As it says in our vision statement, "We envision a future in which all fannish works are recognized as legal and transformative and are accepted as a legitimate creative activity." I'd love to help us get there! For example, when I first joined the team in 2009 (!) as I was finishing up at law school, I helped with the very first DMCA exemption for noncommercial remix videos. We often partner with organizations like the Electronic Frontier Foundation, but I think it’s wonderful to be able to advocate for the specific interests of fan creators.

What is a typical week like for you as a volunteer?

The work that I do with OTW is so highly variable! Some weeks it might be nothing outside of reading some emails, and others there might be a lot to do depending on what we're up to and what my particular role in it is. For example, I recently worked on a Terms of Service revision for AO3, which also included some lengthy conversations with volunteers across the OTW. There are also a lot of fun one-offs; recently I was on a panel about DMCA abuses with representatives from Public Knowledge and EFF, along with video essayist Lindsay Ellis.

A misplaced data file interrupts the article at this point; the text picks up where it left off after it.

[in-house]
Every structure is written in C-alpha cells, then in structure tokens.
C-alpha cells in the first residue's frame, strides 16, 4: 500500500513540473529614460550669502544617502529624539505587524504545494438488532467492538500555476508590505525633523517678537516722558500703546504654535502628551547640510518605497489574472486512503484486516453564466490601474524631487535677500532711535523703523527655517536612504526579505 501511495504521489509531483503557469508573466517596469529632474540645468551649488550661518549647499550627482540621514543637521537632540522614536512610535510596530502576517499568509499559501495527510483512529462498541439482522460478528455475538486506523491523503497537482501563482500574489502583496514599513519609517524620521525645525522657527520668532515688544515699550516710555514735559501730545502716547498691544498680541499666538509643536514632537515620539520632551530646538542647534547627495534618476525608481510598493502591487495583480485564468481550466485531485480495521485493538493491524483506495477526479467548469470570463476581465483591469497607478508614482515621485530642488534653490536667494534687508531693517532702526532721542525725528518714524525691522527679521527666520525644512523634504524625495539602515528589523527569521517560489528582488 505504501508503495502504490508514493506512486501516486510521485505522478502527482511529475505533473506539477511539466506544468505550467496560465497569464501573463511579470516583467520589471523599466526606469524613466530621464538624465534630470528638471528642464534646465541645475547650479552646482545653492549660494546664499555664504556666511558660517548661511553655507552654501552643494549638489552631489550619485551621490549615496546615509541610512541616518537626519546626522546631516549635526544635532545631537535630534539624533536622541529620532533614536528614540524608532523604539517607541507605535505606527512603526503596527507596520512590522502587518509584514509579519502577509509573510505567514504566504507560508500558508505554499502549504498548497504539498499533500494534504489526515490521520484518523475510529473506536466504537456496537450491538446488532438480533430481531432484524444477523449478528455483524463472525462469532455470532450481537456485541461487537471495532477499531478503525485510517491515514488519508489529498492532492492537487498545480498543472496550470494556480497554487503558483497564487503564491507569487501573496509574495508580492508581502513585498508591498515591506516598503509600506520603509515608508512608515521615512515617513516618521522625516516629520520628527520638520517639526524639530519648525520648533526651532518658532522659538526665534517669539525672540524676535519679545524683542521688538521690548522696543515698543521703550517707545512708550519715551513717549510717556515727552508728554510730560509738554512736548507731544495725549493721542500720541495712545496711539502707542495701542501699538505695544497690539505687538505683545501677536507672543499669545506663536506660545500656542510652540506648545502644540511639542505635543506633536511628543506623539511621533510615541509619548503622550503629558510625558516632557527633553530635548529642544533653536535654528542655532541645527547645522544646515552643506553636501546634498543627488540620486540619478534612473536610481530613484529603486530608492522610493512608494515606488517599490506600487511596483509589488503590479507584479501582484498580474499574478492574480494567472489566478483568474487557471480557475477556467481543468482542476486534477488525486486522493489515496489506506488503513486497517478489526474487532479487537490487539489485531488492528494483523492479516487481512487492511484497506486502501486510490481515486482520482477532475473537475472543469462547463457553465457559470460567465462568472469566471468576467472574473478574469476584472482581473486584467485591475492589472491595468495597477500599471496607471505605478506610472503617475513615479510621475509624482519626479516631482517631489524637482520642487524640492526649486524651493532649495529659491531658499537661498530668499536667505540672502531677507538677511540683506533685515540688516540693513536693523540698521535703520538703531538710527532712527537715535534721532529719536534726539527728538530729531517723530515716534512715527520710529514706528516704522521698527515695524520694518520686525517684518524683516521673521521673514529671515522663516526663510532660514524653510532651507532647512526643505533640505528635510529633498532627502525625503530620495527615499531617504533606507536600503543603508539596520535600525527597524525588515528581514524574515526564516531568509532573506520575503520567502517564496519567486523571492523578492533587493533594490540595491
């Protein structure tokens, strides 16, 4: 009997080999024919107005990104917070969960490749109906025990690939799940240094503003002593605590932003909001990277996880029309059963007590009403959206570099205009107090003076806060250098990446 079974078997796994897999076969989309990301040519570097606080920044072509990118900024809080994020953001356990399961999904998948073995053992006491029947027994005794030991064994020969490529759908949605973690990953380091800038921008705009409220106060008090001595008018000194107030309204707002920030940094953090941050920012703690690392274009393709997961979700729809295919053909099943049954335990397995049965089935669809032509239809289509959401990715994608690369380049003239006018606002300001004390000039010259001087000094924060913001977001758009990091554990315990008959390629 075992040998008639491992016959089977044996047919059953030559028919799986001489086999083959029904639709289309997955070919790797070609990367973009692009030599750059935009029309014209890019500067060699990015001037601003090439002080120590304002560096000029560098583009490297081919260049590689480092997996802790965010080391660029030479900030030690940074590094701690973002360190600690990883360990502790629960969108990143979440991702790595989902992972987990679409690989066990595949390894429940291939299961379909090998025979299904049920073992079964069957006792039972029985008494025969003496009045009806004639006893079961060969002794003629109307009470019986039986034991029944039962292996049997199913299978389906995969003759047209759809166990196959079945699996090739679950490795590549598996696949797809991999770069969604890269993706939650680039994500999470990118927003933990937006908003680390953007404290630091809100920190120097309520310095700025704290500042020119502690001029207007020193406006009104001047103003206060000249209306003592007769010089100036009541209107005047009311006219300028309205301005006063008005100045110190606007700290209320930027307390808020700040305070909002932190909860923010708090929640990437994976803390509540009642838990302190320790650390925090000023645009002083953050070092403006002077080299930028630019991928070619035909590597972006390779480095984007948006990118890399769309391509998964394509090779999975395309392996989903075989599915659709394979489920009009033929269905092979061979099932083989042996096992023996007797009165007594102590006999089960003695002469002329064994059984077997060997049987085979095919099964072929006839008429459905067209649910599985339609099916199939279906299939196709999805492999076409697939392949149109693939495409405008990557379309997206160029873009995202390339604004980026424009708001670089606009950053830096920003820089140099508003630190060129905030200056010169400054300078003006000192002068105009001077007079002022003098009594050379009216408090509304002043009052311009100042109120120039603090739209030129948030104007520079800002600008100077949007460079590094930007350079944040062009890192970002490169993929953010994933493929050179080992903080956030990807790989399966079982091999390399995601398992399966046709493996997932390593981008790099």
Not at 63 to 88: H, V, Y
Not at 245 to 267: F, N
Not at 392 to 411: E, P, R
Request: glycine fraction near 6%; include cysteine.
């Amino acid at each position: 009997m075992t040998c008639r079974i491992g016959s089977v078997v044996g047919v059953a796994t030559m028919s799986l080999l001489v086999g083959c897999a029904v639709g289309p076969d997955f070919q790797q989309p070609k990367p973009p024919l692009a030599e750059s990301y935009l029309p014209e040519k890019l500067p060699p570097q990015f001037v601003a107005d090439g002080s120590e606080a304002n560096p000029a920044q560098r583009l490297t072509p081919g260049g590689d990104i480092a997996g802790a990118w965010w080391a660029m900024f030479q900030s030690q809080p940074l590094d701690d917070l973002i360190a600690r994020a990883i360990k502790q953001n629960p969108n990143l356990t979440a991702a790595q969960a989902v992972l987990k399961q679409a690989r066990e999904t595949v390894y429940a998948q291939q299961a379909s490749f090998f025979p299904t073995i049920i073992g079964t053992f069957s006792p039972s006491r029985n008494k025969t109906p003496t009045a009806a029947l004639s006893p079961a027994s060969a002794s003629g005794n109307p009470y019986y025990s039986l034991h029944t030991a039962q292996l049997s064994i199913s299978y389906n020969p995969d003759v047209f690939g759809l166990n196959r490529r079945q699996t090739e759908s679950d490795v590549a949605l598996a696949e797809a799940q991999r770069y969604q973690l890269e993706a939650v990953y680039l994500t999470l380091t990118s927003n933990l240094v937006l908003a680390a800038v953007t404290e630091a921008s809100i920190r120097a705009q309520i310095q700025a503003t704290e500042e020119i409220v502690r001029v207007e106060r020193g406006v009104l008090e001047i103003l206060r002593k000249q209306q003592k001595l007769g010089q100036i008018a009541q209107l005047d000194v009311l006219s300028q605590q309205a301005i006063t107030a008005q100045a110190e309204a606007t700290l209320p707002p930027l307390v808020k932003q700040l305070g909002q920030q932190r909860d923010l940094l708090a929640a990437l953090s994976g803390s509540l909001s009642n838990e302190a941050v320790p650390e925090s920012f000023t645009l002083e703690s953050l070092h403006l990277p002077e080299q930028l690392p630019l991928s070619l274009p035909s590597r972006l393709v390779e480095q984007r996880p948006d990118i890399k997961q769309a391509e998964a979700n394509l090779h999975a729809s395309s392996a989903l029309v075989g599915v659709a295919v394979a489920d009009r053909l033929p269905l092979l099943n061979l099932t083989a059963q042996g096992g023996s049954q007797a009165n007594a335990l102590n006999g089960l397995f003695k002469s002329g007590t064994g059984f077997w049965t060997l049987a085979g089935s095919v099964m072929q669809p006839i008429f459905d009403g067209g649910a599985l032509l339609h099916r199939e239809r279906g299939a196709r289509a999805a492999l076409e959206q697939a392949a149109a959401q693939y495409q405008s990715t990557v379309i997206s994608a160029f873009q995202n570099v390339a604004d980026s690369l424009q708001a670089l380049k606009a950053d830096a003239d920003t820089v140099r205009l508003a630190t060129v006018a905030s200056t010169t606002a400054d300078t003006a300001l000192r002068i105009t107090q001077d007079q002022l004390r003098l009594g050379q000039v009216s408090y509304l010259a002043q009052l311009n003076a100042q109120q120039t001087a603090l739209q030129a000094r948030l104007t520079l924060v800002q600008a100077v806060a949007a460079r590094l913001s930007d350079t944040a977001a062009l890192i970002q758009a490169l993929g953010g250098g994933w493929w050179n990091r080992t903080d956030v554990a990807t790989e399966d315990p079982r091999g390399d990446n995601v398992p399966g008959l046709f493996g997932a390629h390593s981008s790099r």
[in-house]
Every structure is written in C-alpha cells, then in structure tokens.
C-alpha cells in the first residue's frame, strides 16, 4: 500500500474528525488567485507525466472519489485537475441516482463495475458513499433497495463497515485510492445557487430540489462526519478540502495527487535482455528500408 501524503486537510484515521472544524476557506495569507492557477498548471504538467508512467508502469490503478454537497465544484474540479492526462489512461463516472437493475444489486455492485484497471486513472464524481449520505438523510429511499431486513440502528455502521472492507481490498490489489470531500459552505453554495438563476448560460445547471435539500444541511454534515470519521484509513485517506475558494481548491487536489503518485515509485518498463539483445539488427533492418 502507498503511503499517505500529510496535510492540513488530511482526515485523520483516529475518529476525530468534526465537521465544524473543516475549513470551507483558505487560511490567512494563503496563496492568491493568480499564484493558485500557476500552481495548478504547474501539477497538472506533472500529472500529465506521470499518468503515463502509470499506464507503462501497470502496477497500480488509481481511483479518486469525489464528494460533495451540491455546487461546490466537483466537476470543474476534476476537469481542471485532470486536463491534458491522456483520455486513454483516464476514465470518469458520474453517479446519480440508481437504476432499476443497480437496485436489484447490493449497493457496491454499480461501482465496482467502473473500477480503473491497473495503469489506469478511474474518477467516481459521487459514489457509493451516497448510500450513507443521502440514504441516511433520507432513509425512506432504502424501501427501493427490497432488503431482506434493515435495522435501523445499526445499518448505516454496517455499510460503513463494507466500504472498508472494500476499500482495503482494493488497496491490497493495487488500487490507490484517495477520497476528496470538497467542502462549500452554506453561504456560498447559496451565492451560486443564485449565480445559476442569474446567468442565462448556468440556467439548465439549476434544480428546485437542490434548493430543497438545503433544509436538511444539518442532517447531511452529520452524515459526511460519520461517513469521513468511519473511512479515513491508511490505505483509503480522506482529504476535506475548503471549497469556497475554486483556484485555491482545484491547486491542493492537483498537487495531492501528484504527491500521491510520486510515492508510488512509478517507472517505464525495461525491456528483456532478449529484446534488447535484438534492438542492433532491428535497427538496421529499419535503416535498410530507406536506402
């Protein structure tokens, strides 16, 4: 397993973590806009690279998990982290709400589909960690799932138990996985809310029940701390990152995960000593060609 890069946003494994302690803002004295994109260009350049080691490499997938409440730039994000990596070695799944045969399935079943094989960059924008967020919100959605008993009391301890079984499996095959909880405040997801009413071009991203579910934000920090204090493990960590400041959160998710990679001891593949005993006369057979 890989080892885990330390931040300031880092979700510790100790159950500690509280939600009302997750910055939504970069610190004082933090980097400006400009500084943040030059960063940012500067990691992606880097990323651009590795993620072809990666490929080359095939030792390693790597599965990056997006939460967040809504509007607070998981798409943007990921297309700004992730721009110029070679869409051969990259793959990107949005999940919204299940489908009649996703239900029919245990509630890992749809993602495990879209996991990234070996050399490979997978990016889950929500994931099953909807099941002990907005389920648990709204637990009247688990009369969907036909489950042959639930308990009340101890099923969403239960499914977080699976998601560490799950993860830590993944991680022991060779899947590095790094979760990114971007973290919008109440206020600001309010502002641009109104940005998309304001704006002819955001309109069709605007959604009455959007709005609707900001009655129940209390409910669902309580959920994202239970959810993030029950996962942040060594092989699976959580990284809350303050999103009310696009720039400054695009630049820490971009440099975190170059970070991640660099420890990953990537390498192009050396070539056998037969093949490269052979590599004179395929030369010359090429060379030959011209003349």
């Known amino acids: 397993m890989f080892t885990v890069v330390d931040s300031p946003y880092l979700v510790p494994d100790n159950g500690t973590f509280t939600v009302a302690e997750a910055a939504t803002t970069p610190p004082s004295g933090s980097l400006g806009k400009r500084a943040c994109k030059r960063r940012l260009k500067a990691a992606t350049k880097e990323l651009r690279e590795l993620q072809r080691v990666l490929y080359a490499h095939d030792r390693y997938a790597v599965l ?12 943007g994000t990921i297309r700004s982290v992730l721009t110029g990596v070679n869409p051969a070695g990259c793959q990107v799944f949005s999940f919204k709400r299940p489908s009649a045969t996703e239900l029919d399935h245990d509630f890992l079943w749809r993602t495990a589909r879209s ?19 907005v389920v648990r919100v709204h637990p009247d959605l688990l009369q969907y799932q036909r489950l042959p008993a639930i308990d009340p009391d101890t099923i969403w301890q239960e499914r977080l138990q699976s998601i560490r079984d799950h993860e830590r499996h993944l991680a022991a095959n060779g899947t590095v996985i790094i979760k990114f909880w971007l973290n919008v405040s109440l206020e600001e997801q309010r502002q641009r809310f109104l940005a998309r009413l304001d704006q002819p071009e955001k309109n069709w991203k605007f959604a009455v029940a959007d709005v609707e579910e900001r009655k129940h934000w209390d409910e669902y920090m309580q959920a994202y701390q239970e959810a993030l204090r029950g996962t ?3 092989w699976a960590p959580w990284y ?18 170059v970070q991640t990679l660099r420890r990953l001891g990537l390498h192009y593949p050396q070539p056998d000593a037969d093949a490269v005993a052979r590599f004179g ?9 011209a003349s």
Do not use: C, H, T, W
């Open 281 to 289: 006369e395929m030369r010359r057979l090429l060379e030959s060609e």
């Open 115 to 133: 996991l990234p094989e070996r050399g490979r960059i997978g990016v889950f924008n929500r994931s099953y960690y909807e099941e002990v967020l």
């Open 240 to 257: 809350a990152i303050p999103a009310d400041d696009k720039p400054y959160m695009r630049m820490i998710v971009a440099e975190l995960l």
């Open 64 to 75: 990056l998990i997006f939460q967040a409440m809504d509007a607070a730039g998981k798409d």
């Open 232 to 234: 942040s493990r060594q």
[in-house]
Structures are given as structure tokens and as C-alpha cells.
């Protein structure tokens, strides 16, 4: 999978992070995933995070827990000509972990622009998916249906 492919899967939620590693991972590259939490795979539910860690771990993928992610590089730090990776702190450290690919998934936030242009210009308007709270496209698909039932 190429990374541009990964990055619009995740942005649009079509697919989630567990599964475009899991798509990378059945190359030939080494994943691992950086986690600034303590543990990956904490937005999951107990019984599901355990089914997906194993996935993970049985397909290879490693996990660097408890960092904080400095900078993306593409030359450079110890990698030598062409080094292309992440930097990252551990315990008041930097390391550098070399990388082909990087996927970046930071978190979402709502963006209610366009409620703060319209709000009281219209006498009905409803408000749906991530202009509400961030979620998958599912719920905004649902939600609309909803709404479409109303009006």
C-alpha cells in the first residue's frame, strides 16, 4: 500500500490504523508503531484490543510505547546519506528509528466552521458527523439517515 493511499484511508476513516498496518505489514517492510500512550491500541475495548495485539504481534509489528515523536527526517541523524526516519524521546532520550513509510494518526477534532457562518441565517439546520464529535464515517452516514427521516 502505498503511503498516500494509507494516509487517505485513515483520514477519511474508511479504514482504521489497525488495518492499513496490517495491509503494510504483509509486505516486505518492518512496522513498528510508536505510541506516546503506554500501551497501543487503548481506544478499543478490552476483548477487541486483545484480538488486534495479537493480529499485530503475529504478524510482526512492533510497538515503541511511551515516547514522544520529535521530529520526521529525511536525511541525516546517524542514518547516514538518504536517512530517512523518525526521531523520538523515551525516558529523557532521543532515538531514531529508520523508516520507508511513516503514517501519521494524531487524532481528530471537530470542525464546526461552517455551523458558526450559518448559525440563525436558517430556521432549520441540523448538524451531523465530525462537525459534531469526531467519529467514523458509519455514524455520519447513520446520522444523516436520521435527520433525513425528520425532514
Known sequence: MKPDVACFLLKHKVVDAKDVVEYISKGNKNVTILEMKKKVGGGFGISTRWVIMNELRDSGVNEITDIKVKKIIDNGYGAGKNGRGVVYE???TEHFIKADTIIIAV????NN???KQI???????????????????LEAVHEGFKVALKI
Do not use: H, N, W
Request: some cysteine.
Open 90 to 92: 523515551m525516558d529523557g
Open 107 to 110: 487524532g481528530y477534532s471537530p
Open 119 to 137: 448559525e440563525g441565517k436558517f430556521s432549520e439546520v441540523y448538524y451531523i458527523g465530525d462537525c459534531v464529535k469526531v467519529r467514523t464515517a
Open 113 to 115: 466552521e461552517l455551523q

What benefits can celebrating Copyright Week bring?

I think that it’s great for fans to both advocate for themselves when it comes to copyright policies that might be less than ideal and to celebrate the parts of copyright law that allow for transformative works! It’s easy to think of copyright as being a form of restricting creativity, but it should also encourage it. Drawing attention to the awesomeness that fair use cultivates (especially fanworks!) serves as a reminder for how important it is to have copyright policies that support remix. I also think that the more you understand about copyright law, and especially fair use, the more confident you can be about the legitimacy of your fanworks.

How does your day job relate to your work for the OTW?